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The Streets: Fattening Frogs for Snakes -- 6 of 6 parts

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Richard O. Jones
Reverend Jesse Jackson is a much sought after speaker because he has something worthy to say.  Have you ever been in a school auditorium when Reverend Jackson spoke to the youth? Reverend Jackson have the audience repeat the phrase, I am, somebody, he instills, I am somebody, into their subconscious. Then he goes on to say, “I may not have a fine home, but, I am, somebody! My mother may not buy me everything I desire, but… I am, somebody!”

Then at other times he would chant, “Down with dope…Up with hope!” That’s the kind of fire every concerned mature adult must instill into the mind of our youth who claim the ‘Streets’ as their fraternity.

Being rebellious is a part of growing up. I realize that a lot of our youth consider themselves bucking the status quo by claiming to be from the streets. Most of them don’t truly mean any harm.

However, if would profit them to know the truth. Being rebellious or being anti-establishment is not

effectively shown by criminal behavior. The establishment expects as much from a ‘Street’ person.  The criminal justice system has brand new prison cells, high-powered rifles, plus police dogs already in place. The proper and wise display of Black youth militancy is to get an education.

Unfortunately gangs don’t recruit college graduates and highly intelligent people. Because they know it could be a waste of time. Street recruiters must seek the dropouts.

An independent businessman with hundred of employees is more powerful than operating a crack house. Being a married man who provides for his children is more threatening to an enemy than  being a player with a lot of children eating off food stamps. A political figure is more powerful than a gang member with an automatic weapon is. Sitting in a school classroom not learning anything is exactly what a racist loves to see in Black youth. They’re glad to know Black youth are selling dope and are envied by many other Black youths. Such a youth is no threat to the continued downward spiral of Black people. Quite to the contrary, such a youth is driving the bus of mass genocide.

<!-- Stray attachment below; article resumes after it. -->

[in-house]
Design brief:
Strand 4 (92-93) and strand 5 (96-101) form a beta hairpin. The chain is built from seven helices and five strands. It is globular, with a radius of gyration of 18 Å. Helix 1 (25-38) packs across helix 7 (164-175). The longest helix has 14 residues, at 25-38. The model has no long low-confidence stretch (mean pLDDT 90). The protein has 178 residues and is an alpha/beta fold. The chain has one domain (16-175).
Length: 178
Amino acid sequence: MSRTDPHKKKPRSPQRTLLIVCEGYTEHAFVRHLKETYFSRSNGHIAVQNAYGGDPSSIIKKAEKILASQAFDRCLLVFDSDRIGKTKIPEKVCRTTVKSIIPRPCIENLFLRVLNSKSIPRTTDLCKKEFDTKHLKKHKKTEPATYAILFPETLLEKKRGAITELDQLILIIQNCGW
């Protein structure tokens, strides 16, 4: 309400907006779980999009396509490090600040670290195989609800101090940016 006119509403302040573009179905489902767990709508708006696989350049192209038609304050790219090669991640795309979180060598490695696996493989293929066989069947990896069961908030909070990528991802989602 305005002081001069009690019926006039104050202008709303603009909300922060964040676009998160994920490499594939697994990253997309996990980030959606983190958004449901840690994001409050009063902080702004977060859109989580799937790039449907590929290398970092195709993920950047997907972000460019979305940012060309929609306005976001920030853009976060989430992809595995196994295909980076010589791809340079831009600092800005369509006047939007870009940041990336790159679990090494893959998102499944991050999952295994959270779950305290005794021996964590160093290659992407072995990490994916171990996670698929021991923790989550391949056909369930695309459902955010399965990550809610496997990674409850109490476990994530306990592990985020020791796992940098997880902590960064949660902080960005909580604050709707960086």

It doesn’t take a government program or grant from a charitable source to put our heads together and develop a plan to help our children.

Too many are on their way to hell in a hand basket. Regardless of what business skills or creative talents

you have, you can share your expertise with a youth. It might open up a new career direction for them. If you have a van or mini bus you can transport youth on field trips to interesting places.

Everybody with the heart for humanity has something to offer.

Let’s united in fundraisers to educate our youth. Joe Louis once said regarding money, “I don’t love money, it just calm my nerves.” So out of respect for the late great Joe Louis, let’s raise enough funds to calm our nerves.

For youth to claim be from the streets is not a legacy worth clinging to. It is an affiliation to a dead end. However, such a boast is common among youth in search of a deeper meaning to their life. If you ever encounter such a young man or woman take a moment and share to love of God with them. If they are receptive, invite them to your church and begin to show the love that God commanded of us. If you’re not a member of a church, I extend an invitation to visit mine.

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